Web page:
Which O for PICO?


We’ve mentioned before about the COMET initiative, that was born from lots of work in rheumatology, and seeks to standardise a core set of outcomes collected in clinical trials so that the trial

  1. Measures things of importance to patients, clinicians and researchers and
  2. Provides a degree of homogeneity that makes systematic reviews more powerful

Well, those clever rheumatologists have done it again, conceptualising the whole of it into two major areas, and breaking them up into manageable parts.

The paper, open access and relatively readable, is here but the key importance comes from

The bubbling down of it is how does the condition affect the life of the patient; mortality, morbidity in its broadest sense, and the resources required in each arm of the trial. And then beyond that, how does the disease present itself to the world – in surrogates, biomarkers, organ changes and measurable abnormalities.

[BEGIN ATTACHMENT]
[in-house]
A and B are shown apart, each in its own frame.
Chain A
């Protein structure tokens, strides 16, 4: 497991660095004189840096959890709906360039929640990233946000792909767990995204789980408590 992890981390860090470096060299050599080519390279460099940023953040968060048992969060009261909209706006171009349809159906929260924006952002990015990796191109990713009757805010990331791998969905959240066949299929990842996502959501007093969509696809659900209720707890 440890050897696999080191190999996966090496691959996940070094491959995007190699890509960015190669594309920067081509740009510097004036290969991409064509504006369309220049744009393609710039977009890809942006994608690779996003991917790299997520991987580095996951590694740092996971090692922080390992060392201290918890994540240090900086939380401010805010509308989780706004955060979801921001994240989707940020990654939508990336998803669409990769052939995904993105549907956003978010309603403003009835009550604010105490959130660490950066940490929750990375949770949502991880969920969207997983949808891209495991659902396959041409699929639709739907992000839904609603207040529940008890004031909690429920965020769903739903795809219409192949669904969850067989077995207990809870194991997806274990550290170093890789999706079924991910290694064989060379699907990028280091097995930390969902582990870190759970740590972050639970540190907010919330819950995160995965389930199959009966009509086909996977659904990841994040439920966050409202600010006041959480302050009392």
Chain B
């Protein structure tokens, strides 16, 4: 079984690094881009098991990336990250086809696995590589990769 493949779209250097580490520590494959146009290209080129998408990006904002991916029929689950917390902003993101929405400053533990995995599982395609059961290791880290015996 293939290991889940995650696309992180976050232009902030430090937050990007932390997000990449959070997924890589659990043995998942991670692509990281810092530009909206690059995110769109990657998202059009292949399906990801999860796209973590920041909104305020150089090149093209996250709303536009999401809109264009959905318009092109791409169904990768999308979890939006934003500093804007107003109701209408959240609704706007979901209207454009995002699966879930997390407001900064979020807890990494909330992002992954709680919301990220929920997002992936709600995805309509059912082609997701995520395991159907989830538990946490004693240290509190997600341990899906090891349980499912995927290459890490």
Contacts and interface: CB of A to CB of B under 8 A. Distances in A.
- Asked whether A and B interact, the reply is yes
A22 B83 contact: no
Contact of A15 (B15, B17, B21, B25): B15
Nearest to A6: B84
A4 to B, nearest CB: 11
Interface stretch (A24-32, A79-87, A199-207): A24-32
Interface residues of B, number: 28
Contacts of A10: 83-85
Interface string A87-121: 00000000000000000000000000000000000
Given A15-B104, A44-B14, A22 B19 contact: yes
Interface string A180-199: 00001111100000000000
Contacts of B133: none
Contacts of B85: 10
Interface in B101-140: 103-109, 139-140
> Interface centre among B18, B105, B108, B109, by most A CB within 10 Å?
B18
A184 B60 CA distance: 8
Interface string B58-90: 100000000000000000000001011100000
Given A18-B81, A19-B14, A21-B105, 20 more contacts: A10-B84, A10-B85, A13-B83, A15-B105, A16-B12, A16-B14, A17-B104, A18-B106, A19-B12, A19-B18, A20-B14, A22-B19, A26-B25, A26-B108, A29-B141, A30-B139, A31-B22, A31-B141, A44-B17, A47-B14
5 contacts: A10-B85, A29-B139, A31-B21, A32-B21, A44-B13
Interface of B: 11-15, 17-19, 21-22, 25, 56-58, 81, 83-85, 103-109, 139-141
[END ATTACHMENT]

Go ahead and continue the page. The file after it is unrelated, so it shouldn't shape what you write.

By setting a cornerstone on each of these elements, we can then make sure any trial helps patients understand the impact of the treatment upon them, clinicians appreciate what might be improved and the costs to be expended, and researchers look to see how the presumed pathology works in the reality of real people free living in the world.

This won’t be retroactive, but like the CONSORT statement and the requirement for trial registration, it’s a step towards improving all trials in humans. Now if only someone would start a campaign to get AllTrials reported too …


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